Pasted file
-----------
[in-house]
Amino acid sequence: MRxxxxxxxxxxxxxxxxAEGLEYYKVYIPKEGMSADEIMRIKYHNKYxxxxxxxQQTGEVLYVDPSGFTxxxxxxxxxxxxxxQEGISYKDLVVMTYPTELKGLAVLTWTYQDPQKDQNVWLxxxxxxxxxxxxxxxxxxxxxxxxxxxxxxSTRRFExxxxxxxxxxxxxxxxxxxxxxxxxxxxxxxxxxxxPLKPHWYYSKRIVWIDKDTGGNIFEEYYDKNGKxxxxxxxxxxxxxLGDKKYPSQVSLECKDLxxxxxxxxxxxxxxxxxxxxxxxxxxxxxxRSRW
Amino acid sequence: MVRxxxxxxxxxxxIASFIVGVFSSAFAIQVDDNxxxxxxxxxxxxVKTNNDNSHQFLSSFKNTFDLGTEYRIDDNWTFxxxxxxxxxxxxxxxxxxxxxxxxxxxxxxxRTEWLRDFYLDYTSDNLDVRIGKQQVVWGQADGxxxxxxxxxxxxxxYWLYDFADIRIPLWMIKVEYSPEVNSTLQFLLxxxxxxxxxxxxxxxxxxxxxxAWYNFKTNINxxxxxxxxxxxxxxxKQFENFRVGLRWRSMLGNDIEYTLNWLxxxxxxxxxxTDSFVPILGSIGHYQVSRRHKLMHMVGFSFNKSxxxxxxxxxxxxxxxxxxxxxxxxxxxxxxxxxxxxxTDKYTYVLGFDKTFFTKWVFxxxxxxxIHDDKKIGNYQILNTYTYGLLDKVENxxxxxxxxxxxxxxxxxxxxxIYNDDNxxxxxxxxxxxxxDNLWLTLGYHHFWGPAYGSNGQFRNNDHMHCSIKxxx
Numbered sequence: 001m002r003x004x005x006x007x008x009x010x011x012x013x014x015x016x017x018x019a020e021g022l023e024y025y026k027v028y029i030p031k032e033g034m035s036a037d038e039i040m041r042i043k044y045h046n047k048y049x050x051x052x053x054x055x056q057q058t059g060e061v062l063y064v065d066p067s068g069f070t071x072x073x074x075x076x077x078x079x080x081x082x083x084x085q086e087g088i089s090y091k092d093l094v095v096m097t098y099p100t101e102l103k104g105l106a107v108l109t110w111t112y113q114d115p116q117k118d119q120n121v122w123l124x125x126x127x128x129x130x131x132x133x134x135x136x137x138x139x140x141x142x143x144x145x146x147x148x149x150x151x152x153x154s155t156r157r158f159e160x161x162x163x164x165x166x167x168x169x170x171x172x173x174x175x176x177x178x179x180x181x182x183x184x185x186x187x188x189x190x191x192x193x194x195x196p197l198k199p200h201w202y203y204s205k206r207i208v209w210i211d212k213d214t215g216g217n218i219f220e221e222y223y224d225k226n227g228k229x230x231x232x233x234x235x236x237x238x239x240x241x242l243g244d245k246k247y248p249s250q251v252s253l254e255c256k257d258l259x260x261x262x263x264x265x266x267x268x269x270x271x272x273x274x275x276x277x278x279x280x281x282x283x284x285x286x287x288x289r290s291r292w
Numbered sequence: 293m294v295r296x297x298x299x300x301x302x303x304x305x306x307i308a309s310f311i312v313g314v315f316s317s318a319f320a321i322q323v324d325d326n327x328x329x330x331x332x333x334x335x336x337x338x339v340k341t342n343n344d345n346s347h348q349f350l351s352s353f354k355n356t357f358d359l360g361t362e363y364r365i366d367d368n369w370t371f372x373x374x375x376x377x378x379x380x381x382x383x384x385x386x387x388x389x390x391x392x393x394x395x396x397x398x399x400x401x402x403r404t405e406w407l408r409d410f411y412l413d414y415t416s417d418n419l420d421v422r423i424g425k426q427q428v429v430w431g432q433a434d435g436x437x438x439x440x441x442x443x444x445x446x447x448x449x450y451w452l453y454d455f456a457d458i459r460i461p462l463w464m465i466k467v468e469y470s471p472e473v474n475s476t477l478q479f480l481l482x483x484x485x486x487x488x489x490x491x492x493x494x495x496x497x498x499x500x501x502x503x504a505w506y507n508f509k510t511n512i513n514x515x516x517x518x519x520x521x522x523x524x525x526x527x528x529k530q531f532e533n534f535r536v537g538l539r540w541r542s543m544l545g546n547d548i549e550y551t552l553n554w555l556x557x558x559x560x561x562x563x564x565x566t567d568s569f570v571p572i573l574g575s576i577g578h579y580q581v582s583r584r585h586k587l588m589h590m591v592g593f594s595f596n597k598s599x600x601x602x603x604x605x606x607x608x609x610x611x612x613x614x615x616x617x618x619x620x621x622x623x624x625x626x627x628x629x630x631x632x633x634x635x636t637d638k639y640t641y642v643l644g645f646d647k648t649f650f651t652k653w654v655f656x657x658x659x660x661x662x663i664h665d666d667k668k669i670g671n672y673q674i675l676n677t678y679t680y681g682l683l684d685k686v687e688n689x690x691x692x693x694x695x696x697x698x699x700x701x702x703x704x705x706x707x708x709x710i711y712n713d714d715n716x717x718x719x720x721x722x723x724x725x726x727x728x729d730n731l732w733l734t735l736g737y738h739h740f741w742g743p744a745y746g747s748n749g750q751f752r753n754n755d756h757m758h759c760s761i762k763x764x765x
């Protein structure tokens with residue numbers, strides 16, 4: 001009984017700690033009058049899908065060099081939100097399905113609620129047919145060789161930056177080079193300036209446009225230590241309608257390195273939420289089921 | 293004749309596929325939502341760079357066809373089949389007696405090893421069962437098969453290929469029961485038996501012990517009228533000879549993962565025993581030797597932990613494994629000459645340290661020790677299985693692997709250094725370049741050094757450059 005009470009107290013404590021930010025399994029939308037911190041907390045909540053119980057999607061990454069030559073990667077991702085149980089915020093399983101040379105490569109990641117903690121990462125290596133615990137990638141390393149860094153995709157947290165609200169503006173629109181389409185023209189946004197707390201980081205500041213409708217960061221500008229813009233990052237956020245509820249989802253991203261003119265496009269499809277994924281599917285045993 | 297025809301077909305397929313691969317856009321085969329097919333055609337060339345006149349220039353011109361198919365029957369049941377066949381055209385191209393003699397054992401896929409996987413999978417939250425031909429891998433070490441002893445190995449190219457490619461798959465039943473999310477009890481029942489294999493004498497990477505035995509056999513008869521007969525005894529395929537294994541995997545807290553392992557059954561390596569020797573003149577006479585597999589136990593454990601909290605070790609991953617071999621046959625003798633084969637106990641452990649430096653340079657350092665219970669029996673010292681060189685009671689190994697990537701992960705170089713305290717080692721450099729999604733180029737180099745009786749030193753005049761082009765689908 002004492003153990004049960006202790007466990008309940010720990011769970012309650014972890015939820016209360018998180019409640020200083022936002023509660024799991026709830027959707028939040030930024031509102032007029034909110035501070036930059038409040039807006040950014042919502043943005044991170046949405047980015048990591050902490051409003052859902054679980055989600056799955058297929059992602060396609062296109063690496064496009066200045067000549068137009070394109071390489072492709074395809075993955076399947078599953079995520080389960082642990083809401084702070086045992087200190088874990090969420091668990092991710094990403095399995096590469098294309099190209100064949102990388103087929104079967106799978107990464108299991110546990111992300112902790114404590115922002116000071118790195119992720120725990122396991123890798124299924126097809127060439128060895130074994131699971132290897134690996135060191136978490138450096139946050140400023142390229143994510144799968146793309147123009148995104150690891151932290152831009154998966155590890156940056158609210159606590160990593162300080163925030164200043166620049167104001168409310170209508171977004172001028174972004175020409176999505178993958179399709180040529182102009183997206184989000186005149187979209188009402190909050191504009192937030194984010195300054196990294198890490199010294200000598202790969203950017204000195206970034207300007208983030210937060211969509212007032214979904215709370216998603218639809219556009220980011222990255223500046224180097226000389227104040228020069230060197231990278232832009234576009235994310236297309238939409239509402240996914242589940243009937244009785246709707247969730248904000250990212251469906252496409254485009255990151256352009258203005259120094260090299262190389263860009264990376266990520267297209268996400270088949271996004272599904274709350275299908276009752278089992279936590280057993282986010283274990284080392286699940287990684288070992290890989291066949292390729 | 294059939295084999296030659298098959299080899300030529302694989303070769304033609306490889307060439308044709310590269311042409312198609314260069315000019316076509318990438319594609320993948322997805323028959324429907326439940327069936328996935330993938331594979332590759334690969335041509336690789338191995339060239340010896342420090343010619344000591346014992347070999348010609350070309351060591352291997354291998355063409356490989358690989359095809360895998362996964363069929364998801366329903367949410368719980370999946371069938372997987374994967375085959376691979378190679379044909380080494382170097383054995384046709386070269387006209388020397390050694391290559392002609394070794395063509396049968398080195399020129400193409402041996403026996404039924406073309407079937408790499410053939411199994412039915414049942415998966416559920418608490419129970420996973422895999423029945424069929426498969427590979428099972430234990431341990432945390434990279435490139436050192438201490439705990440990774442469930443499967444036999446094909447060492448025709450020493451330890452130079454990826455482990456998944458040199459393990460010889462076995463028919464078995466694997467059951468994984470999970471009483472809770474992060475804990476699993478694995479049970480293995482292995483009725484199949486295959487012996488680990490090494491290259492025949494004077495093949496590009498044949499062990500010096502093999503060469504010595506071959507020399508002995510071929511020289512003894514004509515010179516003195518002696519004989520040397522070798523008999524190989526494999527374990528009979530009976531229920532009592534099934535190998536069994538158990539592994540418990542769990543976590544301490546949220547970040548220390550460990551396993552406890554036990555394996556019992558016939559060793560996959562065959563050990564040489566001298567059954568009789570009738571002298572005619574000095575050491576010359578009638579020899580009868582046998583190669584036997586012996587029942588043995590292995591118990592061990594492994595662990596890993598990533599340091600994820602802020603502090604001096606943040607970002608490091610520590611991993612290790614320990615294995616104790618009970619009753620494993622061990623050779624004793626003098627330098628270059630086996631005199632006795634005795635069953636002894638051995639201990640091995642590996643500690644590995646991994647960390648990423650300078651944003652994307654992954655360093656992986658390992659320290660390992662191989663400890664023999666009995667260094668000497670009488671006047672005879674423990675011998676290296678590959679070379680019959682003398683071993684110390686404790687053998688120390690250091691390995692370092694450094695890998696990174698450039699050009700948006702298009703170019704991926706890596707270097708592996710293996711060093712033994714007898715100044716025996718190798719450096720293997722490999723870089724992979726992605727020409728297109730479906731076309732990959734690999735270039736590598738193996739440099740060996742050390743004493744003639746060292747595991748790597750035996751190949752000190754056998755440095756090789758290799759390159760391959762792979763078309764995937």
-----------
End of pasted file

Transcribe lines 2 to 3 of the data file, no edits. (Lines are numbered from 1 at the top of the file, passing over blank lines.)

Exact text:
Amino acid sequence: MRxxxxxxxxxxxxxxxxAEGLEYYKVYIPKEGMSADEIMRIKYHNKYxxxxxxxQQTGEVLYVDPSGFTxxxxxxxxxxxxxxQEGISYKDLVVMTYPTELKGLAVLTWTYQDPQKDQNVWLxxxxxxxxxxxxxxxxxxxxxxxxxxxxxxSTRRFExxxxxxxxxxxxxxxxxxxxxxxxxxxxxxxxxxxxPLKPHWYYSKRIVWIDKDTGGNIFEEYYDKNGKxxxxxxxxxxxxxLGDKKYPSQVSLECKDLxxxxxxxxxxxxxxxxxxxxxxxxxxxxxxRSRW
Amino acid sequence: MVRxxxxxxxxxxxIASFIVGVFSSAFAIQVDDNxxxxxxxxxxxxVKTNNDNSHQFLSSFKNTFDLGTEYRIDDNWTFxxxxxxxxxxxxxxxxxxxxxxxxxxxxxxxRTEWLRDFYLDYTSDNLDVRIGKQQVVWGQADGxxxxxxxxxxxxxxYWLYDFADIRIPLWMIKVEYSPEVNSTLQFLLxxxxxxxxxxxxxxxxxxxxxxAWYNFKTNINxxxxxxxxxxxxxxxKQFENFRVGLRWRSMLGNDIEYTLNWLxxxxxxxxxxTDSFVPILGSIGHYQVSRRHKLMHMVGFSFNKSxxxxxxxxxxxxxxxxxxxxxxxxxxxxxxxxxxxxxTDKYTYVLGFDKTFFTKWVFxxxxxxxIHDDKKIGNYQILNTYTYGLLDKVENxxxxxxxxxxxxxxxxxxxxxIYNDDNxxxxxxxxxxxxxDNLWLTLGYHHFWGPAYGSNGQFRNNDHMHCSIKxxx